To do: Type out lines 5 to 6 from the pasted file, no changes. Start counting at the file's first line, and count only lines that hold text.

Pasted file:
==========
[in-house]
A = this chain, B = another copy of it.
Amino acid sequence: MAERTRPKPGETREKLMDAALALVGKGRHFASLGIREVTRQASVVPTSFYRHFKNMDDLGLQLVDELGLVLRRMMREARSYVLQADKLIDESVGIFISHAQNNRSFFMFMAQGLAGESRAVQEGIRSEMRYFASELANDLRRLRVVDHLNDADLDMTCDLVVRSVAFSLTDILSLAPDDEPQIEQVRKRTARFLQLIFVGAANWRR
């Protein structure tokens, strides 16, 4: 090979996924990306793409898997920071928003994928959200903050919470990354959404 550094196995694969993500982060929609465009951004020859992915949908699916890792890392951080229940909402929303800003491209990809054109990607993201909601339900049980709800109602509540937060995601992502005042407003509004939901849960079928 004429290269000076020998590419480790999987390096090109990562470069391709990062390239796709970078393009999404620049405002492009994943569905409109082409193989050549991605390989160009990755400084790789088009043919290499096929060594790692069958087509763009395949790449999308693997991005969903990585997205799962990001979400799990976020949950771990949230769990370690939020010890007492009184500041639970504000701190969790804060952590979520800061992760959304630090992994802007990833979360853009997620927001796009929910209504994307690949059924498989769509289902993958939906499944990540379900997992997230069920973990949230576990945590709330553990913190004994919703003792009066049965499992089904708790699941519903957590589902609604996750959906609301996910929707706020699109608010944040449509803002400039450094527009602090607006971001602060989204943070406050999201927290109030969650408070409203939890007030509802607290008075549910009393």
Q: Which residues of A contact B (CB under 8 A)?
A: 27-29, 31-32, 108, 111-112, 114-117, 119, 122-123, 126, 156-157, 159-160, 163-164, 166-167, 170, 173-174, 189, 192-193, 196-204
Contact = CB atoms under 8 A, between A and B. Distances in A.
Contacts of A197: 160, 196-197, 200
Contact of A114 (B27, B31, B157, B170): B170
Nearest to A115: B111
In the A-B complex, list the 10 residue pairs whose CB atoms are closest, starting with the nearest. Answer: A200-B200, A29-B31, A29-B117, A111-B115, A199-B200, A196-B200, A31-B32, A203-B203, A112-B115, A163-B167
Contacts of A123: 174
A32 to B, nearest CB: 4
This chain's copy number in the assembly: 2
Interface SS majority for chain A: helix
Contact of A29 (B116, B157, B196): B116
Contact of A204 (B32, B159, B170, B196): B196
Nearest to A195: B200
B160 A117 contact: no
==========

Q: Which residues of A contact B (CB under 8 A)?
A: 27-29, 31-32, 108, 111-112, 114-117, 119, 122-123, 126, 156-157, 159-160, 163-164, 166-167, 170, 173-174, 189, 192-193, 196-204